High inflation and a renewed fall in wages in real terms, amid weak nominal pay rises, have dampened consumer spending growth and weighed heavily on UK economic expansion. Consumer-facing businesses find themselves in a difficult position. After all, it is a very tough time for them to pass on their increased costs in the form of higher prices, given the huge pressure on household finances. Also on the horns of a dilemma is the Bank of England. Most economists now believe the Bank’s Monetary Policy Committee will raise UK interest rates for the first time in more than a decade at its next meeting on November 2. However, the majority of economists also believe such a move would be a mistake, a state of affairs that sums up the difficult decision for the Bank as it tries to work out how to handle a most unsavoury combination of above-target inflation and well-below-trend economic growth. Such a combination always looked like an inevitable result of the Brexit vote.

The FSB’s Scottish small business index, which measures confidence in terms of member firms’ views of prospects for the coming three months, dropped from -3.8 points to -15.2 points. Meanwhile, the FSB’s UK small business index dropped from +15 points to +1.1 points.

It was inevitable a Brexit vote would damage business confidence and investment, and this effect is being exacerbated by the Conservatives’ seeming continuing lack of any kind of coherent plan.

Strathclyde University’s Fraser of Allander Institute, in its latest commentary this week, declared: “In looking forward, the greatest cloud on the immediate horizon remains the Brexit negotiations. As we have argued on a number of occasions, we believe that the decision to leave the EU will act as a long-term brake on Scotland’s, and [the] UK’s, growth potential.”

It also noted the immediate concern facing many businesses was “the potential for the exit process itself to go awry”. And Fraser of Allander warned the potential risks from a “no deal”, “cliff-edge” scenario, in which Scottish companies found themselves outside the single market and customs union, would be “severe indeed”.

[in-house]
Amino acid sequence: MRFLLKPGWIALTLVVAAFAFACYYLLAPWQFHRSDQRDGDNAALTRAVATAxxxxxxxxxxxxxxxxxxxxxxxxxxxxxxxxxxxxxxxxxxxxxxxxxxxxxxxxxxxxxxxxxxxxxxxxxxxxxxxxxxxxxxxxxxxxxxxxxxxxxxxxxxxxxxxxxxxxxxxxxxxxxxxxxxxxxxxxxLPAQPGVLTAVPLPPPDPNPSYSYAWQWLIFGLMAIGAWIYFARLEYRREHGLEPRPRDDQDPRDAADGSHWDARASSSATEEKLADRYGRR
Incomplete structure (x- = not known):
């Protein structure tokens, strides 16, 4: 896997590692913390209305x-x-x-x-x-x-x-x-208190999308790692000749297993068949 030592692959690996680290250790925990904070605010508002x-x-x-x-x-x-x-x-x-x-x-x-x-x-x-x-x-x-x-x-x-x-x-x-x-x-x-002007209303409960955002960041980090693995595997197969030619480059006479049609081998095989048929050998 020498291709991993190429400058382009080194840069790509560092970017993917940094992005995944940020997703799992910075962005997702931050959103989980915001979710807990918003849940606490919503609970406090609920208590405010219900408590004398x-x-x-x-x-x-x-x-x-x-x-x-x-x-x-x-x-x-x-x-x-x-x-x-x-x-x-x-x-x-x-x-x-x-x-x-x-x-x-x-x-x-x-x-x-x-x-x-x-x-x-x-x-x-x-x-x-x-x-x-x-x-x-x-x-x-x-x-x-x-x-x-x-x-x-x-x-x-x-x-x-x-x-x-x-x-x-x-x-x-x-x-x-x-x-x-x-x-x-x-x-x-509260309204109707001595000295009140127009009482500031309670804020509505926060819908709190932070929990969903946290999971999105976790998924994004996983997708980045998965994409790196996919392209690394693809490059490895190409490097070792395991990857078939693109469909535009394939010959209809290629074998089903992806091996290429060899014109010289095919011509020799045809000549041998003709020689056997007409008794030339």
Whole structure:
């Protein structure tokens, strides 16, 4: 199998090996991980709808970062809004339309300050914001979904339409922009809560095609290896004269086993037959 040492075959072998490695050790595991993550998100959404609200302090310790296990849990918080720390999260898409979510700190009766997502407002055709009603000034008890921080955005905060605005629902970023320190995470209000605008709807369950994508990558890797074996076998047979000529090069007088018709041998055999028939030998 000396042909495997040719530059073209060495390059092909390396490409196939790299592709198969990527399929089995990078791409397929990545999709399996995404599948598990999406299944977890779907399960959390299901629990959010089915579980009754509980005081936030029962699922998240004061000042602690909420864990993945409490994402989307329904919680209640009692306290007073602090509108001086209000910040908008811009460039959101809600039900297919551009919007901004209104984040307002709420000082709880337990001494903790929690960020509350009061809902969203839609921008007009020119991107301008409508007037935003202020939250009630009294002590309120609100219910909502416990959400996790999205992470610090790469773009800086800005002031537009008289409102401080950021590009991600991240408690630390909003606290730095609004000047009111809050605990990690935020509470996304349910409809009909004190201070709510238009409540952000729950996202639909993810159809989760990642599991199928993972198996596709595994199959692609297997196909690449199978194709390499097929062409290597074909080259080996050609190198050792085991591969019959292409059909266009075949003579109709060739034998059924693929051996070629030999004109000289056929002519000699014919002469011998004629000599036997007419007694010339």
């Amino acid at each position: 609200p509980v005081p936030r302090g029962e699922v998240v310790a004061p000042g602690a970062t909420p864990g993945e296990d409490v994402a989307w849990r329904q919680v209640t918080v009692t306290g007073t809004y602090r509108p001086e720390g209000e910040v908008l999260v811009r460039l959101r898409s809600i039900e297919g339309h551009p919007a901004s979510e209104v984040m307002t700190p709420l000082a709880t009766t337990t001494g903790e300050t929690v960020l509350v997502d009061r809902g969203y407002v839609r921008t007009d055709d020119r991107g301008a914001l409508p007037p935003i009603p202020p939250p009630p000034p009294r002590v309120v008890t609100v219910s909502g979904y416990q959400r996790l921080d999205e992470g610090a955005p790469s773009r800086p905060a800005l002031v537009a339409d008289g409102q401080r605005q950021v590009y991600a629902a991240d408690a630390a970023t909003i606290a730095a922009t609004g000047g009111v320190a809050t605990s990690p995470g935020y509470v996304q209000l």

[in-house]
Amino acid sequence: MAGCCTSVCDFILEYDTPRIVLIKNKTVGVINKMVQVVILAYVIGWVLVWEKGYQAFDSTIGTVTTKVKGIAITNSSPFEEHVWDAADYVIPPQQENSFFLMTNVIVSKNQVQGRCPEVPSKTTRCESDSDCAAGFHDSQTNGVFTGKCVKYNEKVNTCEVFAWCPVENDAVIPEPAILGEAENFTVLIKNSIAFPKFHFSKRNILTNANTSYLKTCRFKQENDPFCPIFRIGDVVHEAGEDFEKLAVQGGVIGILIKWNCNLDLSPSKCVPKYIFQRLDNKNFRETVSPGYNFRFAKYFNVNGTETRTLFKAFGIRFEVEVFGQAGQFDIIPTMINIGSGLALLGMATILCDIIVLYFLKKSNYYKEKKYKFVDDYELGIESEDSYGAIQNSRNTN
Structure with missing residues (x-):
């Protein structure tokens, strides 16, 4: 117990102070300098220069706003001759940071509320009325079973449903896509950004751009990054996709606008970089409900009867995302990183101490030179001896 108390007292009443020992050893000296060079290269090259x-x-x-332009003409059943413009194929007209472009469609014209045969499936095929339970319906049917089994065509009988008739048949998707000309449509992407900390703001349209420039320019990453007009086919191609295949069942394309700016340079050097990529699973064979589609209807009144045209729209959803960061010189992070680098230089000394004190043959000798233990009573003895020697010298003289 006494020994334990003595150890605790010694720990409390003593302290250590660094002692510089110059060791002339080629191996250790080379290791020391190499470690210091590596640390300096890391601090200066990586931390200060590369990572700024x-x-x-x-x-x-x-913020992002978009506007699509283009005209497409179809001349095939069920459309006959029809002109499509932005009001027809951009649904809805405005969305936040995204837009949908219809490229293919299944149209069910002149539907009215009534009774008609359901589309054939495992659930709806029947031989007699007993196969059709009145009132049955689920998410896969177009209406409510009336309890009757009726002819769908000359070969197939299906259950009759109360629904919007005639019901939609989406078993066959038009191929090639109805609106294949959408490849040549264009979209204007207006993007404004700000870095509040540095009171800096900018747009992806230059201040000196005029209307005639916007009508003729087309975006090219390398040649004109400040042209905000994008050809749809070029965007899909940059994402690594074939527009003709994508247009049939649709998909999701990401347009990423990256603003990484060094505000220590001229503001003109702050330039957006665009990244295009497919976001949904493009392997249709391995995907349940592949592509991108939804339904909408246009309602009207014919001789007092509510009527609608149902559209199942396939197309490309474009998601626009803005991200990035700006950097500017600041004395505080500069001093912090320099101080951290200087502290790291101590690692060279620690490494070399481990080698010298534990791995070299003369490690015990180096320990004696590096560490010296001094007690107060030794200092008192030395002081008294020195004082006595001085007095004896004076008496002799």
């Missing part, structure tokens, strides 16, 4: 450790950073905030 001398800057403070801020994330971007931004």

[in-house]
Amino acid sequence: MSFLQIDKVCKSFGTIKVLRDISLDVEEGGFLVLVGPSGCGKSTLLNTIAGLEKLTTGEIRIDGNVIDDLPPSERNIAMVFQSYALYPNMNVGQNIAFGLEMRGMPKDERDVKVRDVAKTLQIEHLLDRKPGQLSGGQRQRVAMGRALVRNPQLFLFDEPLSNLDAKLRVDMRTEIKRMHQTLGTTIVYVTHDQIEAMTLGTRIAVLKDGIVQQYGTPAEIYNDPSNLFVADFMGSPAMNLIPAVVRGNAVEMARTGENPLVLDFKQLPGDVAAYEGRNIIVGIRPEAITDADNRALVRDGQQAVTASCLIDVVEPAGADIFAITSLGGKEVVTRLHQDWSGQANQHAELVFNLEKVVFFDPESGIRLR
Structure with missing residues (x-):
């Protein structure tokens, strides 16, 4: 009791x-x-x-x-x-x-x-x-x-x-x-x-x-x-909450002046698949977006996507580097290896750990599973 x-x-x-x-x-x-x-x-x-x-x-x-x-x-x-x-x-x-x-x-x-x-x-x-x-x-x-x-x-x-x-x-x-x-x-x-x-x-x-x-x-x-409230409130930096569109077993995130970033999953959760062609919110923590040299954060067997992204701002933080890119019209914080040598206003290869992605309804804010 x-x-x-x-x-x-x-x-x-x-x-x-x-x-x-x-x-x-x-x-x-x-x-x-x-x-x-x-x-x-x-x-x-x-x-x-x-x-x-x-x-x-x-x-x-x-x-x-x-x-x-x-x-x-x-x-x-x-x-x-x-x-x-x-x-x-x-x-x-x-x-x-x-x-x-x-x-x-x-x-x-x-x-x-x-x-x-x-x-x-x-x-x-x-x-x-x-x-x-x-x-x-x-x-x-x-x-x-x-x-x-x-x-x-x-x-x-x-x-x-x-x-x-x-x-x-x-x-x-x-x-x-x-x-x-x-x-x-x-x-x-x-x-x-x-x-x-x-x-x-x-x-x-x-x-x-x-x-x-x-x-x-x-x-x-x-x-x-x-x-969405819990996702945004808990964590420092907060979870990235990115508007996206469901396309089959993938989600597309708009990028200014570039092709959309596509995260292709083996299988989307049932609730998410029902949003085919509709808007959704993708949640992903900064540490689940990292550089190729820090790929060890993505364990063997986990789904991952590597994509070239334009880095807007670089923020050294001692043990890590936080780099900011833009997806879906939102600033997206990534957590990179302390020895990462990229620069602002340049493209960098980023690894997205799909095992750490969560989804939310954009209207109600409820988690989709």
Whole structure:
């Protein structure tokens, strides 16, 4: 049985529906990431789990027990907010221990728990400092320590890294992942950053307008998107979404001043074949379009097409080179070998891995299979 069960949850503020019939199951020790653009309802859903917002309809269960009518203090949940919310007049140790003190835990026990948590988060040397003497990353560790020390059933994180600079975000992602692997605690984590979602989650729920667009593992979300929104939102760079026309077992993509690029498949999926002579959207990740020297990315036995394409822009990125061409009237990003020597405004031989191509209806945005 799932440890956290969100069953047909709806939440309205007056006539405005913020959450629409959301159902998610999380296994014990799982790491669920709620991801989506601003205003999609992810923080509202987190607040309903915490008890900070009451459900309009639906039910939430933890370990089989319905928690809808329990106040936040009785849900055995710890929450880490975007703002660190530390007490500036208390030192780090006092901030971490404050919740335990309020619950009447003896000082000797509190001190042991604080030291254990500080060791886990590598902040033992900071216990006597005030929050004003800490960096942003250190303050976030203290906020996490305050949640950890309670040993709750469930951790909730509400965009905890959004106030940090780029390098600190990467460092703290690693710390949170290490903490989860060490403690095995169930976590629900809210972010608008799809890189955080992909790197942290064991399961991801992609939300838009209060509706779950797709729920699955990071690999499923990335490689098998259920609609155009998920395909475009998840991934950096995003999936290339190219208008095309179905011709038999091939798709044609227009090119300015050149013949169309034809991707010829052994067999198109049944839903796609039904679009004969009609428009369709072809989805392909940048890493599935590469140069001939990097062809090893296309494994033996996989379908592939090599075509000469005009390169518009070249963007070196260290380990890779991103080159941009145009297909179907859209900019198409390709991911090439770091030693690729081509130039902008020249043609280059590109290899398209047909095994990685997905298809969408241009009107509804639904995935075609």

Only London, on about -16 points, had a weaker small business confidence reading than Scotland in the FSB survey. This is an interesting finding, and perhaps signals a more realistic dismay in those parts of the country that had a greater grasp of the negative effects of Brexit and thus voted to remain in the EU.

An awareness of the problems is a crucial first step in trying to mitigate the inevitable damage.

Such awareness of the economic reality appears to be lacking when it comes to those in the UK Government driving us so enthusiastically, and headlong, towards Brexit. This seeming blissful ignorance has persisted since the Brexit vote, which was nearly 15 months ago. And a lack of meaningful progress was highlighted by Fraser of Allander this week.

It said: “We are now 15 months on...with a deal likely to be needed in just over a year’s time. But very little progress – if any – seems to have been made on the key elements of the UK’s terms of exit.”

It appears the Brexiters in the UK Government remain very happy indeed with a course that seems to hark back to the days of a British Empire that is long gone, in a world that has moved on. Not grinning though are the millions of households and businesses struggling to make ends meet amid an economic reality that has taken a lurch for the worse.